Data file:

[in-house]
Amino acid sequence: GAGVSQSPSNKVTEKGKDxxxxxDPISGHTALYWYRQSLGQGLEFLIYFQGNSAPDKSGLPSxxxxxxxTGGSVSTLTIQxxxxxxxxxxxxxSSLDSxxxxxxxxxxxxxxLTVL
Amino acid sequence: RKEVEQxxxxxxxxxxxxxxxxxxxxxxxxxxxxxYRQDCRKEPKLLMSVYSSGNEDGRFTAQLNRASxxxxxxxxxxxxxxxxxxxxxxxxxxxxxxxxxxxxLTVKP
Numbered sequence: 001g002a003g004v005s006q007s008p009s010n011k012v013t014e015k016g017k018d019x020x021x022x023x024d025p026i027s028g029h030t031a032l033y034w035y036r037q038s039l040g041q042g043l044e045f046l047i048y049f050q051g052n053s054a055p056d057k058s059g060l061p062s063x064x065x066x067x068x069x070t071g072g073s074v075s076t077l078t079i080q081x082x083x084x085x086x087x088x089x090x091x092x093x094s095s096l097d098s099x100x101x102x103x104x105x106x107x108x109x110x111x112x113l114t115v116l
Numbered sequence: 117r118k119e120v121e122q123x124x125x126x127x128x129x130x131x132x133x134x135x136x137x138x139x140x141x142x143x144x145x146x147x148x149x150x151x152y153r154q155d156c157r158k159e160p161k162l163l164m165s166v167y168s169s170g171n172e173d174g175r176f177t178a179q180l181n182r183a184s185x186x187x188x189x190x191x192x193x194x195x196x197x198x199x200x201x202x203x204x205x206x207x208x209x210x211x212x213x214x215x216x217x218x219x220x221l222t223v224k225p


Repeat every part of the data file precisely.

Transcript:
[in-house]
Amino acid sequence: GAGVSQSPSNKVTEKGKDxxxxxDPISGHTALYWYRQSLGQGLEFLIYFQGNSAPDKSGLPSxxxxxxxTGGSVSTLTIQxxxxxxxxxxxxxSSLDSxxxxxxxxxxxxxxLTVL
Amino acid sequence: RKEVEQxxxxxxxxxxxxxxxxxxxxxxxxxxxxxYRQDCRKEPKLLMSVYSSGNEDGRFTAQLNRASxxxxxxxxxxxxxxxxxxxxxxxxxxxxxxxxxxxxLTVKP
Numbered sequence: 001g002a003g004v005s006q007s008p009s010n011k012v013t014e015k016g017k018d019x020x021x022x023x024d025p026i027s028g029h030t031a032l033y034w035y036r037q038s039l040g041q042g043l044e045f046l047i048y049f050q051g052n053s054a055p056d057k058s059g060l061p062s063x064x065x066x067x068x069x070t071g072g073s074v075s076t077l078t079i080q081x082x083x084x085x086x087x088x089x090x091x092x093x094s095s096l097d098s099x100x101x102x103x104x105x106x107x108x109x110x111x112x113l114t115v116l
Numbered sequence: 117r118k119e120v121e122q123x124x125x126x127x128x129x130x131x132x133x134x135x136x137x138x139x140x141x142x143x144x145x146x147x148x149x150x151x152y153r154q155d156c157r158k159e160p161k162l163l164m165s166v167y168s169s170g171n172e173d174g175r176f177t178a179q180l181n182r183a184s185x186x187x188x189x190x191x192x193x194x195x196x197x198x199x200x201x202x203x204x205x206x207x208x209x210x211x212x213x214x215x216x217x218x219x220x221l222t223v224k225p